FORTY YEARS AGO this week, a 27-year-old lawyer named Sarah Weddington got the verdict she spent two years fighting for in the landmark abortion-rights case Roe v. Wade. On Tuesday, January 22, Weddington was the honored guest at a fundraiser for Planned Parenthood Advocates of Oregon. We caught up with her right before her speech and had a brief conversation about the enduring controversy of abortion politics.
MERCURY: How did you wind up involved in the case?
SARAH WEDDINGTON: It was a group of people up in Austin, Texas, mostly graduate students [at University of Texas at Austin] who were writers for The Rag, an alternative newspaper. Women kept coming to them and saying, "I need contraception." The [University of Texas] health center had a policy that no one was eligible for contraception unless they certified they were within six weeks of marriage. Because you needed to start the pill to be ready for your wedding night. The result was a number of unplanned pregnancies. So women were coming to this group and saying, "I want an abortion, where can I go?" Eventually, Judy Smith, who was one of the leaders in the group, said, "What we need to do is file a lawsuit! Would you be willing to do that?" And I said, "Yes."
What were you nervous about while arguing the case? Can you remember what kept you up at night?
As a young lawyer, you want to be sure that you give the very best argument you can. There was a lot of weight on my shoulders, because there had been people in almost every state also working on cases—there was one case pending here in Oregon. When I filed it, I thought I was trying to build this mountain. You keep throwing cases on the pile and the more that get up to the Supreme Court, the more likely they are to take a case. I was just trying to get a case up to the Supreme Court.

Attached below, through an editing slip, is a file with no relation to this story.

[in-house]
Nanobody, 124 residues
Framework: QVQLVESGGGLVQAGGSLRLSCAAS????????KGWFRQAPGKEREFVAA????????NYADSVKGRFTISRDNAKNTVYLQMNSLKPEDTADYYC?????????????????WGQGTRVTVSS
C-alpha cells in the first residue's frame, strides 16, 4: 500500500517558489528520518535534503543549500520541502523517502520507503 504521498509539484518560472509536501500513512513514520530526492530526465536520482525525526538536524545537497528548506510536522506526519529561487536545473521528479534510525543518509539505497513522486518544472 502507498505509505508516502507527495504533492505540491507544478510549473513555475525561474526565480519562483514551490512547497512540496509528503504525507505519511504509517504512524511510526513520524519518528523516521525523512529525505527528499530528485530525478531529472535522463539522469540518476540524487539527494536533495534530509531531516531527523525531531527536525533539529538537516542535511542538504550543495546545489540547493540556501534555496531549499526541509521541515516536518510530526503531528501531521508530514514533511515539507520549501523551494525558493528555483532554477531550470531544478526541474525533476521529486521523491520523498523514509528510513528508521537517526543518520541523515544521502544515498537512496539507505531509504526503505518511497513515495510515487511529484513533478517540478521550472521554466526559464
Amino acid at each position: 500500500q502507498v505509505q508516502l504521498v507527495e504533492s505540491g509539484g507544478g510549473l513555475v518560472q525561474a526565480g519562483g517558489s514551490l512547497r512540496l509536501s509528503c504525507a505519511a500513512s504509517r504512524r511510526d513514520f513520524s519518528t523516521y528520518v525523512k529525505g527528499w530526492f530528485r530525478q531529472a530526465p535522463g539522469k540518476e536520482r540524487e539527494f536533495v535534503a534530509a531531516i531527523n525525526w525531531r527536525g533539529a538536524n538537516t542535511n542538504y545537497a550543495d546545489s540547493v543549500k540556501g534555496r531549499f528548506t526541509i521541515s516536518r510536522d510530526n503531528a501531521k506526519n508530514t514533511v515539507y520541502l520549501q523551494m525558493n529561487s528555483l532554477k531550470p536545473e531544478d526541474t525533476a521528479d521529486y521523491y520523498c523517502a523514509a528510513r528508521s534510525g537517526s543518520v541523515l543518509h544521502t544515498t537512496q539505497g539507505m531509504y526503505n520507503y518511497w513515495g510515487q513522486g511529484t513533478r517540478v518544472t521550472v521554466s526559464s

How have the past 40 years of abortion politics played out differently than you thought they would?
It's been totally different. In 1965, there was a case called Griswold v. Connecticut, about the law that said using contraception was illegal. A doctor had given a married couple a contraceptive device; they were arrested, prosecuted, and convicted. That went to the Supreme Court, and the court ruled the right of privacy included the decision about whether to use contraception. It was controversial for a little while, but by and large, the American public said, "Well of course!" and just moved on. I thought Roe v. Wade would follow that model. I thought people would be upset about it at first, but they would move onto other things. Instead, in 40 years, it's still a front-page issue.
Why is that? Why is abortion still so controversial for Americans?
I don't think it's "Americans." If you look at the [recent] polls, they say Americans are solidly in favor of women making the decision, not politicians. But you do have a core of opposition—whether it's the US Conference of Catholic Bishops or the Tea Party—who use it in a number of ways. I think they truly believe in the position they're advocating, but it's also a way to get people to come to their side from a political perspective.